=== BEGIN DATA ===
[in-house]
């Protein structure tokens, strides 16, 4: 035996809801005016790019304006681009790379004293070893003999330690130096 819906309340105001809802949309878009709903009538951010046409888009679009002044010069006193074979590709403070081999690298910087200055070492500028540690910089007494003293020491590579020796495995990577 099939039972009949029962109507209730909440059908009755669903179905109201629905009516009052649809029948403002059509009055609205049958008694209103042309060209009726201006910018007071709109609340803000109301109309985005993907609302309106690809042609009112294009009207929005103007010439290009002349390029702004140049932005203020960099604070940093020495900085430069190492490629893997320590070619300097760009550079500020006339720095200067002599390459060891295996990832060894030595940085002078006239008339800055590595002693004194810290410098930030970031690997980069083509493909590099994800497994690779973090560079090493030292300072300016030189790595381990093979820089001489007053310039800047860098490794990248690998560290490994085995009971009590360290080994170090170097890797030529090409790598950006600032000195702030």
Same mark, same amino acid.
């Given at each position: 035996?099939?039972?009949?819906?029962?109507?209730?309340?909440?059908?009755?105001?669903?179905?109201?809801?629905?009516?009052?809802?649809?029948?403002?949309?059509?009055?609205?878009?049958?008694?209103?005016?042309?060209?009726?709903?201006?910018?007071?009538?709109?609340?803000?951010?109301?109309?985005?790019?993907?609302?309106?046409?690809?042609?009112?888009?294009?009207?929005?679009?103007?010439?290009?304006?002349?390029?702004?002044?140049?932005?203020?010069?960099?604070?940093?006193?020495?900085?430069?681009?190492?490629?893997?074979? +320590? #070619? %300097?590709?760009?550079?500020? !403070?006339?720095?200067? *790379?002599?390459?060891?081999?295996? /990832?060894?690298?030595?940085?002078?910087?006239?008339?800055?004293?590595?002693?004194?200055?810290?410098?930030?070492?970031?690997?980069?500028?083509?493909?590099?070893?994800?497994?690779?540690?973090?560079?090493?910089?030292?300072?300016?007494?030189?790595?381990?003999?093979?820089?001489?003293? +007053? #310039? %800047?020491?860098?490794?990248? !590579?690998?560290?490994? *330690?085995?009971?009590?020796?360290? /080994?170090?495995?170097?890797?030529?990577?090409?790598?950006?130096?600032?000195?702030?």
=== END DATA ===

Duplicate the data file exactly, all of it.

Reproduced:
[in-house]
């Protein structure tokens, strides 16, 4: 035996809801005016790019304006681009790379004293070893003999330690130096 819906309340105001809802949309878009709903009538951010046409888009679009002044010069006193074979590709403070081999690298910087200055070492500028540690910089007494003293020491590579020796495995990577 099939039972009949029962109507209730909440059908009755669903179905109201629905009516009052649809029948403002059509009055609205049958008694209103042309060209009726201006910018007071709109609340803000109301109309985005993907609302309106690809042609009112294009009207929005103007010439290009002349390029702004140049932005203020960099604070940093020495900085430069190492490629893997320590070619300097760009550079500020006339720095200067002599390459060891295996990832060894030595940085002078006239008339800055590595002693004194810290410098930030970031690997980069083509493909590099994800497994690779973090560079090493030292300072300016030189790595381990093979820089001489007053310039800047860098490794990248690998560290490994085995009971009590360290080994170090170097890797030529090409790598950006600032000195702030």
Same mark, same amino acid.
């Given at each position: 035996?099939?039972?009949?819906?029962?109507?209730?309340?909440?059908?009755?105001?669903?179905?109201?809801?629905?009516?009052?809802?649809?029948?403002?949309?059509?009055?609205?878009?049958?008694?209103?005016?042309?060209?009726?709903?201006?910018?007071?009538?709109?609340?803000?951010?109301?109309?985005?790019?993907?609302?309106?046409?690809?042609?009112?888009?294009?009207?929005?679009?103007?010439?290009?304006?002349?390029?702004?002044?140049?932005?203020?010069?960099?604070?940093?006193?020495?900085?430069?681009?190492?490629?893997?074979? +320590? #070619? %300097?590709?760009?550079?500020? !403070?006339?720095?200067? *790379?002599?390459?060891?081999?295996? /990832?060894?690298?030595?940085?002078?910087?006239?008339?800055?004293?590595?002693?004194?200055?810290?410098?930030?070492?970031?690997?980069?500028?083509?493909?590099?070893?994800?497994?690779?540690?973090?560079?090493?910089?030292?300072?300016?007494?030189?790595?381990?003999?093979?820089?001489?003293? +007053? #310039? %800047?020491?860098?490794?990248? !590579?690998?560290?490994? *330690?085995?009971?009590?020796?360290? /080994?170090?495995?170097?890797?030529?990577?090409?790598?950006?130096?600032?000195?702030?």